S&P 500 Index:
At first glance, it may look like the market was just taking a much-needed break last week after the prior week’s explosive gains. And, maybe that’s all this is. Or, maybe last week’s 4.1 point (+0.3%) gain for the S&P 500 (SPX) (SPY) was a sign that the buyers had already changed their minds. The fact is, with the SPX trapped in a proverbial no-man’s land [above key moving averages but below upper Bollinger bands, and touching none of them], you could make decent arguments for both.
Our take, however, leans on the bearish side of the fence in the grand scheme of things. Yeah, the momentum looks good, but there are two challenges to the bullishness here.
The CBOE Volatility Index (VIX) seems unable or unwilling to move any lower, which is understandable in that it’s hitting known floors around the 15.0 level (lower Bollinger band, and an absolute horizontal floor). With traders unable or unwilling to push the VIX lower, the market may not have what it needs to continue pushing higher either.
Though the gains were monsters every day of the week two weeks ago, even then, the volume wasn’t all that great; this is NOT a majority opinion. When you take a step back and look at the S&P 500’s chart since the beginning of the year, you can tell this quite readily. Take a look for yourself:
SPX & VIX Daily Chart
A look at a weekly chart of the S&P 500 doesn’t tell us much more, but it’s here we can tell that the buyers are slowing down as prior and likely ceilings are approached. The 1343 level has capped things more than once since February, and the pullback from the ultimate peak around 1370 wasn’t contested either. Last week’s high of 1356.48 and close of 1343.80 put both of those resistance lines back on the radar, along with the upper 30-week Bollinger band at 1370.7.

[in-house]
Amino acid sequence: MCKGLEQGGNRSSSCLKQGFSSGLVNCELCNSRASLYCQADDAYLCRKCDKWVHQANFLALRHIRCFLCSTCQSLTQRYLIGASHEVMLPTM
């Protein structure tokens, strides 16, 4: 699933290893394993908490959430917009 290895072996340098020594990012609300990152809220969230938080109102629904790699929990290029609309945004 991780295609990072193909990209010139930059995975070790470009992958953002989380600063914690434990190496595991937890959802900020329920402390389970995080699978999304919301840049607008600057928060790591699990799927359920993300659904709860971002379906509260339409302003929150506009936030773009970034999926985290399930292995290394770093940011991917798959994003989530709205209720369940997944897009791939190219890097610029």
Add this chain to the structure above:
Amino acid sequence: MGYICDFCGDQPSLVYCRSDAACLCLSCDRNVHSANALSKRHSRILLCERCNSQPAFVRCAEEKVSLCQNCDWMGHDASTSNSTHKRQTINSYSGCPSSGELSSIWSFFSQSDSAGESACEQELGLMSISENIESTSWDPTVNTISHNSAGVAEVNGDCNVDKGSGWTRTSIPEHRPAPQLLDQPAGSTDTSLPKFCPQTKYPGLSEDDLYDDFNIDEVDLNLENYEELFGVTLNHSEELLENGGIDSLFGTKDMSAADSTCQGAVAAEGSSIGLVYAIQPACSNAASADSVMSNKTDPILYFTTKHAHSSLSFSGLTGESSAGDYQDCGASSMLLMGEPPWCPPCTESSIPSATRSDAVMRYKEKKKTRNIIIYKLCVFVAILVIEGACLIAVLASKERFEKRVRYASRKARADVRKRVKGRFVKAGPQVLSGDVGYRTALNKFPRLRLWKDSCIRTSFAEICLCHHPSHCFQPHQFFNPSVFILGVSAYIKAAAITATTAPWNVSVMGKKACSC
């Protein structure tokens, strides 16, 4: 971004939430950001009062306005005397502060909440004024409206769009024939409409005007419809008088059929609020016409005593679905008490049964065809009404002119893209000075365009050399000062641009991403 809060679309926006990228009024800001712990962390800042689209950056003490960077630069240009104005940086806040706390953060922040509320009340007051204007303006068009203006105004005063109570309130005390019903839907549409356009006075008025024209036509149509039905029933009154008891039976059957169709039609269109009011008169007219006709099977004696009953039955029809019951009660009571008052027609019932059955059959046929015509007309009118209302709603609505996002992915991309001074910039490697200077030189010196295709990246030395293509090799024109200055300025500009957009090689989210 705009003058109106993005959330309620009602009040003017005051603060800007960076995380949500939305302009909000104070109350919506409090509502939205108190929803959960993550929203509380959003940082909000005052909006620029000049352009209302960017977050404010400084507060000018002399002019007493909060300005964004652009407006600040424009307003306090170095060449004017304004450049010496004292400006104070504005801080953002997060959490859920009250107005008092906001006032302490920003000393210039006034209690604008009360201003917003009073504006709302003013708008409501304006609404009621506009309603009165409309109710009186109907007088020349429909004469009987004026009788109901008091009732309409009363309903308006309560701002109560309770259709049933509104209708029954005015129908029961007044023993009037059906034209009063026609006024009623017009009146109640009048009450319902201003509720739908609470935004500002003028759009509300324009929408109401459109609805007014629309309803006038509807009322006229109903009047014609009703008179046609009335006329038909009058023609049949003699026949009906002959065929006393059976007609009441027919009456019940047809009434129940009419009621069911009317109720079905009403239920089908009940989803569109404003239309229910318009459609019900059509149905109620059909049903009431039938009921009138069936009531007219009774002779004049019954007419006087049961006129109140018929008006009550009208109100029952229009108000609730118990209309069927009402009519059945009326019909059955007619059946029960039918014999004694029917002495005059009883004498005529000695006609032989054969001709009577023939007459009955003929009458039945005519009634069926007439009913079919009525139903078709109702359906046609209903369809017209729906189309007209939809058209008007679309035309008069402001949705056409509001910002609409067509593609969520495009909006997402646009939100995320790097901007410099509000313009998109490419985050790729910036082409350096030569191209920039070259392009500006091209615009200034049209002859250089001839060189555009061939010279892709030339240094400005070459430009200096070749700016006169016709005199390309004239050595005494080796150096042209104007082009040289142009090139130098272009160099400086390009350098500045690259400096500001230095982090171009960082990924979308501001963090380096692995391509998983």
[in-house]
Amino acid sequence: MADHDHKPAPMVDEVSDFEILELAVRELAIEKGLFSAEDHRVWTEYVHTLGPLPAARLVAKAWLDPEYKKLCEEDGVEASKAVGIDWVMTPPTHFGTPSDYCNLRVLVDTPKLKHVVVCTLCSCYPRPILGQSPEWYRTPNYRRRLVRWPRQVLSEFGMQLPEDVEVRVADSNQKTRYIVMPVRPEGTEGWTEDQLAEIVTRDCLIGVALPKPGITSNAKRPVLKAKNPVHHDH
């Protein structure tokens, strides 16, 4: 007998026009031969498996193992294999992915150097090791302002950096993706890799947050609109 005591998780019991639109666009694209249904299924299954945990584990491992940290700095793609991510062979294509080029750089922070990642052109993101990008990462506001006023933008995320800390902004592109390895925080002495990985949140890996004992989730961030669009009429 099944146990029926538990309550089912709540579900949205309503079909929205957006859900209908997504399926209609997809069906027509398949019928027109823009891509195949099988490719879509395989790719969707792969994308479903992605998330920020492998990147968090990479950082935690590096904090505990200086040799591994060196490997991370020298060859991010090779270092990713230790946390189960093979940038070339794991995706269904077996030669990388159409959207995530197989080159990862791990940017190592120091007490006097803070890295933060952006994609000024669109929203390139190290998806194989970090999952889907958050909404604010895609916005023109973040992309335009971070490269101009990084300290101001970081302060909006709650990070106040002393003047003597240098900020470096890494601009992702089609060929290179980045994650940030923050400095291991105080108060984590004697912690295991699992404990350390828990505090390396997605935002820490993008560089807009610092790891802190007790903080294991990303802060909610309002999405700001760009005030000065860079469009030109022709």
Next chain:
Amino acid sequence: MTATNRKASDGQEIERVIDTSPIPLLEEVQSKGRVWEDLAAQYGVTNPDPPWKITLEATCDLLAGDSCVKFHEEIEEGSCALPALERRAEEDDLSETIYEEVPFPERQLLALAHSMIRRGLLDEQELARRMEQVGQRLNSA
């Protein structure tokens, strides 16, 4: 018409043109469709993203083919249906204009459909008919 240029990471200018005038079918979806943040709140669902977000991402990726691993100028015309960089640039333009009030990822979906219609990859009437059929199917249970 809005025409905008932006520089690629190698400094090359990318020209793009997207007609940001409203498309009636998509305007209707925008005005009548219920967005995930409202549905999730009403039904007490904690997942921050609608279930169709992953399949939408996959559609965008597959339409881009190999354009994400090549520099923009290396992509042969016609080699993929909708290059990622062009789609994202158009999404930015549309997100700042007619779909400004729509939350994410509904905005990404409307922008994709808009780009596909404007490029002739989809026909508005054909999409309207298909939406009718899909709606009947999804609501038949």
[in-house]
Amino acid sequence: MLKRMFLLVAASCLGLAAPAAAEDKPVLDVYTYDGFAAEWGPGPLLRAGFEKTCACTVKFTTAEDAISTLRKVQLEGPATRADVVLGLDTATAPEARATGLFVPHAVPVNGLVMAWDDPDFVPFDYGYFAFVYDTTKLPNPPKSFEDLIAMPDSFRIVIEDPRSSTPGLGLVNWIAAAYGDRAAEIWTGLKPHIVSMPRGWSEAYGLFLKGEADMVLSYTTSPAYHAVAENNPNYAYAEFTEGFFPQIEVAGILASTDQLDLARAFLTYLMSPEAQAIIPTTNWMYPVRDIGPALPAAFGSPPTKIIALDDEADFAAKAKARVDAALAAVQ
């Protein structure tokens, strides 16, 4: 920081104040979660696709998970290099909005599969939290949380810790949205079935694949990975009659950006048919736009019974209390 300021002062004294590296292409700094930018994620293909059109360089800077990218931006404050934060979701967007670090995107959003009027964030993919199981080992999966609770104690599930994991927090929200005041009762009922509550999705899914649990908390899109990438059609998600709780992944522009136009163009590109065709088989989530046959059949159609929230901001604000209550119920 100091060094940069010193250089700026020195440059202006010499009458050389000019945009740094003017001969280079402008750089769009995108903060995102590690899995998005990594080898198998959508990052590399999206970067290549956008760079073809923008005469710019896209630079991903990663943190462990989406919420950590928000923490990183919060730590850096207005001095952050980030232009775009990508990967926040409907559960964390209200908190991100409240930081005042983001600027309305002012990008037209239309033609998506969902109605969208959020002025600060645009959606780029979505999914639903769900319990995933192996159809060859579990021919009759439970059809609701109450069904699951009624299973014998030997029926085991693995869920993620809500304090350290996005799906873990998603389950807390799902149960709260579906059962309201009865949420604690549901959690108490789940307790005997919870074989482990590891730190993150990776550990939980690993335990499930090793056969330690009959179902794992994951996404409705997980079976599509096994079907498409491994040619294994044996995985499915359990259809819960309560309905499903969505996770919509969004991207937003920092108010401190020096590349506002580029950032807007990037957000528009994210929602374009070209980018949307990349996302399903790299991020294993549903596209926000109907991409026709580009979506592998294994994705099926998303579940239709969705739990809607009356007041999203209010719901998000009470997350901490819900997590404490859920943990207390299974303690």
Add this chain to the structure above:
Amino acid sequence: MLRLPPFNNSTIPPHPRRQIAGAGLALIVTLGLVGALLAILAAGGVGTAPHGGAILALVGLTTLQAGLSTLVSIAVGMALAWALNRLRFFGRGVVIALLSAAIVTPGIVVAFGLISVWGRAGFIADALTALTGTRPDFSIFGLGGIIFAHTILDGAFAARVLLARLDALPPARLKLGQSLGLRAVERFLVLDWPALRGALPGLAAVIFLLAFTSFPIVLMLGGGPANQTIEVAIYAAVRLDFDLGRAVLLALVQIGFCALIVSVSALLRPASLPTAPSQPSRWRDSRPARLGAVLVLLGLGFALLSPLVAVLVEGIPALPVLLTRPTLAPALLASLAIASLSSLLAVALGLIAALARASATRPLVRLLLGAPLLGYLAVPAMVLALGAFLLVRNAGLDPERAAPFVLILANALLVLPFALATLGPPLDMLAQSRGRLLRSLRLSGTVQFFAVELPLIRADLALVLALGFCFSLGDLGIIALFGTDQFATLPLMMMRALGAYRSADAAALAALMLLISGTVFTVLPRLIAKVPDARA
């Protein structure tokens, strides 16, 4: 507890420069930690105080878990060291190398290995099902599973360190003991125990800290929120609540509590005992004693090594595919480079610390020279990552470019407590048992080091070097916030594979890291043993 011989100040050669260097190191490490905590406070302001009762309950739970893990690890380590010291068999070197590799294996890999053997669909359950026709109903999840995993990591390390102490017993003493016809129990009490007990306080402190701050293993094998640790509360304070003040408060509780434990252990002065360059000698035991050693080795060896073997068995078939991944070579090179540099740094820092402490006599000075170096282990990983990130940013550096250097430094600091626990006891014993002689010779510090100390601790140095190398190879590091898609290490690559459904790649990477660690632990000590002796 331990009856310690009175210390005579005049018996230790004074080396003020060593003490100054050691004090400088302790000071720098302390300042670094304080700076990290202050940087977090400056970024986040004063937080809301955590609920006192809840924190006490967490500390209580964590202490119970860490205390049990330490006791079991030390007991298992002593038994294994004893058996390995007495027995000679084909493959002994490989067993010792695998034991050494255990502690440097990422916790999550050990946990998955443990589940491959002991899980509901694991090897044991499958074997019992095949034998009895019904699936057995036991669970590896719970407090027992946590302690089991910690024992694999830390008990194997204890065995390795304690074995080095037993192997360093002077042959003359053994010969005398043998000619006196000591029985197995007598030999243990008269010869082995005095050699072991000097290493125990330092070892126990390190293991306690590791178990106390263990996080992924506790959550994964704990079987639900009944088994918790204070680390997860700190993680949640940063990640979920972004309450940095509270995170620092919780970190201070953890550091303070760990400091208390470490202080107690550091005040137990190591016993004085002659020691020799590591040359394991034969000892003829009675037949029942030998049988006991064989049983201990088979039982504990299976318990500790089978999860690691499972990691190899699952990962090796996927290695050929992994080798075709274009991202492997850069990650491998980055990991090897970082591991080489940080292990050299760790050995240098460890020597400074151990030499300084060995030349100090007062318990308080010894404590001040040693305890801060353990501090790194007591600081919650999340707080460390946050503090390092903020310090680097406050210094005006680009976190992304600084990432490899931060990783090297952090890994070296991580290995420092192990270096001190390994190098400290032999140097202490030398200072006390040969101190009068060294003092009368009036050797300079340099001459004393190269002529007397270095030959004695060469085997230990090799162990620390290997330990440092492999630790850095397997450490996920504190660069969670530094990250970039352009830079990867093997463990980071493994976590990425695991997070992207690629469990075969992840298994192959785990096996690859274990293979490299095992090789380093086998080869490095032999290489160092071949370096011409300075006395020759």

The SPX can bounce around between those levels all it wants – until they’re all broken, there’s not a lot more for the bulls to get excited about. Likewise until and unless the mess of moving averages at 1316 fails to act as support, there’s not much for the bears to pound their chest over either.
Bottom line – As boring as the ‘wait and see’ stance is, sometimes the best trading decision is to not trade at all. Let’s see where this all goes now, as there’s not a lot of conviction just now for a move in either direction.
Now we’re seeing a little more disparity between sectors, after last week’s "a rising tide lifts all boats" action. In other words, the trends we’re seeing now may actually mean something.
It’s relatively clear from here (though not clear enough to bet the farm on) that the prior laggards are playing ‘catch up’…. technology (XLK), materials (XLB), and gold stocks (GDX) to be specific. Consumer goods (XLP) also had a good week, which is a strength that’s been pretty reliable for several months now.
While one week does make or break a trend, we at least not have some leaders and laggards showing up on the radar.